January 9th, 2010 will mark the completion and re-dedication of the remodeled and restored Idaho Capitol building. If you are in or around Boise on the 9th, be sure to stop on in for a look see and maybe send me a picture or two. Hopefully, I will get a chance to visit in the spring or summer. See previous blog post from Saturday, September 19, 2009: Capitol Restoration

Watching over the capitol building for 82 years has been the statue of Governor Frank Stueunenberg, dedicated on 12/11/1927. In the real photo postcard above, note the cars in the distance and the lack of any vegetation around the statue in the middle of the round circular area. Click on the photo to enlarge for viewing. We can see the Federal Building to the immediate right and the Egyptian Theatre further up on the corner of Capitol Blvd. (7th Street at that time I believe) and Main Street. As many of you know, the Egyptian is where the premiere of Idaho Public Television's production of Assassination: Idaho's Trial of the Century took place. You all have supported public television and purchased your DVD of the program...right? Makes a great Christmas gift and you might even see me flash across the screen for a few seconds in a couple of appearances. Straight ahead up Capitol Blvd., in the very far distance, is the faint outline of the Union Pacific Depot.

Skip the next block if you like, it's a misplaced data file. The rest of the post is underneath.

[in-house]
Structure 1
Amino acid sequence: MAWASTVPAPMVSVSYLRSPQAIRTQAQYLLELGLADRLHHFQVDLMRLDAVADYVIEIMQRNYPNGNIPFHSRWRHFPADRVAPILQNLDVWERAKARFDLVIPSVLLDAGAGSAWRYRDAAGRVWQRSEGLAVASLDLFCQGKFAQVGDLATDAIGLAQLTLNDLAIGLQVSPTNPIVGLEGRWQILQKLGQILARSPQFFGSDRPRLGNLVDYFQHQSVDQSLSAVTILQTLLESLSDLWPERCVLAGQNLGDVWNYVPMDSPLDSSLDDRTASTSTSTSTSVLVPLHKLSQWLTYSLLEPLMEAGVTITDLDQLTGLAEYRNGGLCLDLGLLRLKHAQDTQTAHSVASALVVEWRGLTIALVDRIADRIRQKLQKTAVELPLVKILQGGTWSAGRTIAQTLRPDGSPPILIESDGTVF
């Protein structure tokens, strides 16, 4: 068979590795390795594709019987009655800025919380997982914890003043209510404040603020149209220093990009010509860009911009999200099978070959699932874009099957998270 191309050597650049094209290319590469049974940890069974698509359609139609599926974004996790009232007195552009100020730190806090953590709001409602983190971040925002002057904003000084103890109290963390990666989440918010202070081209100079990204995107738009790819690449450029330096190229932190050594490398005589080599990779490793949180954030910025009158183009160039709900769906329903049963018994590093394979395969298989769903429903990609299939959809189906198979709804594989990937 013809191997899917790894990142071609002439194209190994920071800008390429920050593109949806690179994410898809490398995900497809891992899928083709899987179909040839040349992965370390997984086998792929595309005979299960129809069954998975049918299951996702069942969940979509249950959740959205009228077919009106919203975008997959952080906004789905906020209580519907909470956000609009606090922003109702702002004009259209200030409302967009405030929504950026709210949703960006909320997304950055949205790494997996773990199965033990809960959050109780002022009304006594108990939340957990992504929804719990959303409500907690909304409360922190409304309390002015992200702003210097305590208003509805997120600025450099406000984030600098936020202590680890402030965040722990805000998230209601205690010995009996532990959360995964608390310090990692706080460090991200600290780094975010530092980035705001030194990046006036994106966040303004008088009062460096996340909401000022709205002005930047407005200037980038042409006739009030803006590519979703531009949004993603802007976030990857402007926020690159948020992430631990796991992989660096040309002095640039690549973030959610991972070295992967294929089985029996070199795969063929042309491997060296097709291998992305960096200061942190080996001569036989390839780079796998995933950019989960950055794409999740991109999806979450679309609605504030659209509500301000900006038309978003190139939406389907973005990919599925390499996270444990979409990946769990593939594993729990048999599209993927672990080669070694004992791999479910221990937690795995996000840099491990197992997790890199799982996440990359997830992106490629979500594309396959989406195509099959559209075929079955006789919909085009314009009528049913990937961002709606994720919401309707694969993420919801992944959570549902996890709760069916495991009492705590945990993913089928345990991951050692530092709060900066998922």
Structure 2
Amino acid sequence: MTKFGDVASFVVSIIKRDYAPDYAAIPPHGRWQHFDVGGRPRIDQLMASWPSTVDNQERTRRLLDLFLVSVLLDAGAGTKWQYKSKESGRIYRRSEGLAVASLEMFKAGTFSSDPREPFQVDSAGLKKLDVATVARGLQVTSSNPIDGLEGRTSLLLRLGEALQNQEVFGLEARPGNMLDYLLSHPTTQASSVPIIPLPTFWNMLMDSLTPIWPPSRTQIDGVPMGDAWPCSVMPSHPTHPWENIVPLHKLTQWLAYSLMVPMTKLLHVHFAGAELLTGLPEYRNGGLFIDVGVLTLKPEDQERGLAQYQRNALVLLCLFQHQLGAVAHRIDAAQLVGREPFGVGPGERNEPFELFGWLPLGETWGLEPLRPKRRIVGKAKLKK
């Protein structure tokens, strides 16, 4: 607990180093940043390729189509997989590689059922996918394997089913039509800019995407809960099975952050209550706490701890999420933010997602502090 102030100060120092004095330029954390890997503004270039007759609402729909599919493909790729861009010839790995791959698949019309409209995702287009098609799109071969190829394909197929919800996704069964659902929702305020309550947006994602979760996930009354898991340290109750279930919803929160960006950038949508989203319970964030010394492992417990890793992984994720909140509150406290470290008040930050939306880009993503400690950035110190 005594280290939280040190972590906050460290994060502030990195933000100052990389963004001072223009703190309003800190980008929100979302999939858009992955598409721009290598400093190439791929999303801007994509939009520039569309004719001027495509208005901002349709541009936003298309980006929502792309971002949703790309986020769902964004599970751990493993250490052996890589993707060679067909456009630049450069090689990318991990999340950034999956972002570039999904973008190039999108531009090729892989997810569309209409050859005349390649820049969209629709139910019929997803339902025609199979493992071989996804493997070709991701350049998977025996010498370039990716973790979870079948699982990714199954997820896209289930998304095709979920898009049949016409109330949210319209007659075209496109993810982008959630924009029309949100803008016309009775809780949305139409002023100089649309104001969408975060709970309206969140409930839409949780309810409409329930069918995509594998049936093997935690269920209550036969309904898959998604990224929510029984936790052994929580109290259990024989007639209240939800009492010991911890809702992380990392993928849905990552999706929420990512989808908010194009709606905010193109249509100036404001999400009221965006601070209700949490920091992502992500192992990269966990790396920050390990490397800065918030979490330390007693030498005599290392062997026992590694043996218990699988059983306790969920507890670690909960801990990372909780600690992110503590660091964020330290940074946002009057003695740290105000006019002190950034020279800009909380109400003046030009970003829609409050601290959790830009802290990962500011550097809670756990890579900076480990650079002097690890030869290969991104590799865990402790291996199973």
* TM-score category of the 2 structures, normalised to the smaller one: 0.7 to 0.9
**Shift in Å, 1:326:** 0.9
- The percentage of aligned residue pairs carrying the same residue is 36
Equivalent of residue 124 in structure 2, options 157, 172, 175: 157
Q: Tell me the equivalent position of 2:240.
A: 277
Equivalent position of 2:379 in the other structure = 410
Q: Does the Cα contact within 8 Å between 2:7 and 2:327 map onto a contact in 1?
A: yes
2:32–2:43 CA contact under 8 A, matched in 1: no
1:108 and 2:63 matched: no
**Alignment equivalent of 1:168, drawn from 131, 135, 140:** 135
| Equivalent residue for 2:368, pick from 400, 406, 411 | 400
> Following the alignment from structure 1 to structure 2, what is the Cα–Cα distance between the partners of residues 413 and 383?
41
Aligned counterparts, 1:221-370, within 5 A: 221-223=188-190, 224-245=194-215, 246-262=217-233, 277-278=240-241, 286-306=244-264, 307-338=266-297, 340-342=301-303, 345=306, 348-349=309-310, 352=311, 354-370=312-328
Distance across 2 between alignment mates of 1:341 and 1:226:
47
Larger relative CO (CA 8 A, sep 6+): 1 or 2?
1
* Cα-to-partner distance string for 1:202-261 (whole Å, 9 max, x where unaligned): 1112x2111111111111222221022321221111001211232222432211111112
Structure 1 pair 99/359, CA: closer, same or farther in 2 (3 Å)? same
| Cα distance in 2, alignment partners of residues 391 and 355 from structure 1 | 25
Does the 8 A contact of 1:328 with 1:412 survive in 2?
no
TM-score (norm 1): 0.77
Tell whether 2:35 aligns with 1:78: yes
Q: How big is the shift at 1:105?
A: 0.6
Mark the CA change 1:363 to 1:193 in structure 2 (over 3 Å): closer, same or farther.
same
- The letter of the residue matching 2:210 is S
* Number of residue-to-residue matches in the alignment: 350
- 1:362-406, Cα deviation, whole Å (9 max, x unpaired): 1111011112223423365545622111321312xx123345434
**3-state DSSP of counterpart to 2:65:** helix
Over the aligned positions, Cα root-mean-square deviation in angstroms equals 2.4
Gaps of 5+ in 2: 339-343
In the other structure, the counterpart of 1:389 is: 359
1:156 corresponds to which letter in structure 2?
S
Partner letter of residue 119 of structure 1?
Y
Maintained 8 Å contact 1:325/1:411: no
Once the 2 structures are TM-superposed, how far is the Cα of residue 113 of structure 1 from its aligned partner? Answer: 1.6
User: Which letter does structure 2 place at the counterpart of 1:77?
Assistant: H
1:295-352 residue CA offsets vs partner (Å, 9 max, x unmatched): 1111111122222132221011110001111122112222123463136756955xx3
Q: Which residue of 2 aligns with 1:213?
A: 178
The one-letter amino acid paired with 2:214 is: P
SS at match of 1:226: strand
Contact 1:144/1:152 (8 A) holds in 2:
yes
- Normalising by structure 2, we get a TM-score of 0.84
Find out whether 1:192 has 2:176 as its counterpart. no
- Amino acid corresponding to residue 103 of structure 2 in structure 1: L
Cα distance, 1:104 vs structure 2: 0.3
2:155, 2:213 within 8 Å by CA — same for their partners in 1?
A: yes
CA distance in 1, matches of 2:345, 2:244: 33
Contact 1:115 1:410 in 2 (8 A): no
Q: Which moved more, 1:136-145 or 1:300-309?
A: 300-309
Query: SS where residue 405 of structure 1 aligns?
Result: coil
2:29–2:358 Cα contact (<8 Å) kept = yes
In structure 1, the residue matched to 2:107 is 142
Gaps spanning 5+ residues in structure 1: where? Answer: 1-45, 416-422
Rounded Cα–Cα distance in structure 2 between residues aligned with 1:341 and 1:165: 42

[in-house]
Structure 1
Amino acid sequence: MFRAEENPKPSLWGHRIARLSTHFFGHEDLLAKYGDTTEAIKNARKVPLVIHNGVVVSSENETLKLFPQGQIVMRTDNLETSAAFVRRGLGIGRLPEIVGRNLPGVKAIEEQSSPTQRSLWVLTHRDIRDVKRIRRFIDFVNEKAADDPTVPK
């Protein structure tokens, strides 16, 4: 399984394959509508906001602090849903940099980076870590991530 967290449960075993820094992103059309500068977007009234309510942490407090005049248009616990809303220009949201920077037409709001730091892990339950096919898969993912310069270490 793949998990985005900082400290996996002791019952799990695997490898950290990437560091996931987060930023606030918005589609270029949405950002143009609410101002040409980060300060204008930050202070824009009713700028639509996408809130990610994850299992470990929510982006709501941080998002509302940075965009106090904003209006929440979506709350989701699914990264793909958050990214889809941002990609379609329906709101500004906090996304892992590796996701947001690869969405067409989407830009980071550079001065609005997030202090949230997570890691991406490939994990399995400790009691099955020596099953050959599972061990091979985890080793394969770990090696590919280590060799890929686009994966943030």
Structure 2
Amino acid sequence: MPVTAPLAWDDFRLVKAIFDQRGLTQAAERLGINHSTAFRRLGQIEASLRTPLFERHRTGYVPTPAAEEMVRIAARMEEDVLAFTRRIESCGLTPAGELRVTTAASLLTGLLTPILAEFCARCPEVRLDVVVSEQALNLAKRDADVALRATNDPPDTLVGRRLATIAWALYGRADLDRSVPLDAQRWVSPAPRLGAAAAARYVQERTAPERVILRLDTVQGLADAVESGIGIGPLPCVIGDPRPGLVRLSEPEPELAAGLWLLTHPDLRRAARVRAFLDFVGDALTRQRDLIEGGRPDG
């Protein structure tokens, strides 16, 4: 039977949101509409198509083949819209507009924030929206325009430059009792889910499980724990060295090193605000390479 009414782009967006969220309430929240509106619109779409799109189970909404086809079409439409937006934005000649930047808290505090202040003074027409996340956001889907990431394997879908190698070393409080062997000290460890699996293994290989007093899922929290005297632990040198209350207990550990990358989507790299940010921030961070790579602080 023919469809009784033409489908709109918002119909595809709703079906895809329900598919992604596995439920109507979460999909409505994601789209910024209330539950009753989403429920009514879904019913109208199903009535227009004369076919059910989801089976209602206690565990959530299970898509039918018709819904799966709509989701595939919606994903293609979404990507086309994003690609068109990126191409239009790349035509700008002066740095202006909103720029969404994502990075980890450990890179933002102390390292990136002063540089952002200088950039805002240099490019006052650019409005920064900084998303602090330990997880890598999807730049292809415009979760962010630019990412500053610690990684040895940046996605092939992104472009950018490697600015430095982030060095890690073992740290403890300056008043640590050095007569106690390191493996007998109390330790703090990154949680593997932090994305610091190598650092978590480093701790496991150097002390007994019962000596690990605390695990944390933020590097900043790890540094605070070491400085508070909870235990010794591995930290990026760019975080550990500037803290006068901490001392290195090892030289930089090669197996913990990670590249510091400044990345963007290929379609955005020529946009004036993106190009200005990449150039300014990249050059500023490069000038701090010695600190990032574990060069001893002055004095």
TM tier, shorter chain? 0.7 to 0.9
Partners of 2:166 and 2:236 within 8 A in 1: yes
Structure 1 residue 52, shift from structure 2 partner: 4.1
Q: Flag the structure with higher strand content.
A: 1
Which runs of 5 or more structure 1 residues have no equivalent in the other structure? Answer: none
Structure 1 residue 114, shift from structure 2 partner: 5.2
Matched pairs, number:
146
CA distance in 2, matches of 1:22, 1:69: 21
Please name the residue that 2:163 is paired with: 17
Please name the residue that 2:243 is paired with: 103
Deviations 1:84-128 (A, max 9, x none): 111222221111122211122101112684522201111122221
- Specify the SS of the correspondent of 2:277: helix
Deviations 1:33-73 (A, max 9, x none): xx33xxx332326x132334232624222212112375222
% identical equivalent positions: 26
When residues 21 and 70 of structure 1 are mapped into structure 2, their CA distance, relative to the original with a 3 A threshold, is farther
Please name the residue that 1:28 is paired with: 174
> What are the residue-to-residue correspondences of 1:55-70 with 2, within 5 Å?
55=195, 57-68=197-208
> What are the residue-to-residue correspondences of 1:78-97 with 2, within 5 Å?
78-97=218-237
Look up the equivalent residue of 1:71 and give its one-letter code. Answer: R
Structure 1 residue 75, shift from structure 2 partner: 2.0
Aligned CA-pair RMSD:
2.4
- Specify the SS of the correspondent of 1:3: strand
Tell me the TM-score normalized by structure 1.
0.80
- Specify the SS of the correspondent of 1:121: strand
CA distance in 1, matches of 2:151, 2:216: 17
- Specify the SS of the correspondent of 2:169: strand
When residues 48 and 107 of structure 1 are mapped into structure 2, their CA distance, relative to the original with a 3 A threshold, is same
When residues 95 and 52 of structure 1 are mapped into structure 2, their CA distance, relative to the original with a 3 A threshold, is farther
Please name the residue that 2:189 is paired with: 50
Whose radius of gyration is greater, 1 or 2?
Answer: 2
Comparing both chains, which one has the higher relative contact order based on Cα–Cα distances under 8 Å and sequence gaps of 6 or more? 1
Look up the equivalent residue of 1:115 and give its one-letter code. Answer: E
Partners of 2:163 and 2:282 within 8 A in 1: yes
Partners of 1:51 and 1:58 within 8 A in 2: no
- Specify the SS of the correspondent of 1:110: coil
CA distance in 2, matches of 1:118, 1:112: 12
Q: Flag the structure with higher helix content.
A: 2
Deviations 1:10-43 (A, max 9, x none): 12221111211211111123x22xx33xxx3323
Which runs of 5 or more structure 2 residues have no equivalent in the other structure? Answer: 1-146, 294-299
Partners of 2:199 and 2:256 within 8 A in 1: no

Here is a a slightly later view. Shrubbery and flowers have been planted around the statue and some of the larger trees along Bannock Street have been removed. Still circa 1930's I would guess?

And here we see the shrubbery around the statue has matured, the Egyptian is now the Ada Theatre (and would change later back to the Egyptian) and cars appear to be from the 1930's-40's.

Above photos from the collection of John T. Richards.

Click here for another view taken from the capitol dome that can been seen on the ISHS webite. Appears from the automobiles and more mature trees to be maybe late 1940's/early 1950's.

View Larger Map

View Larger Map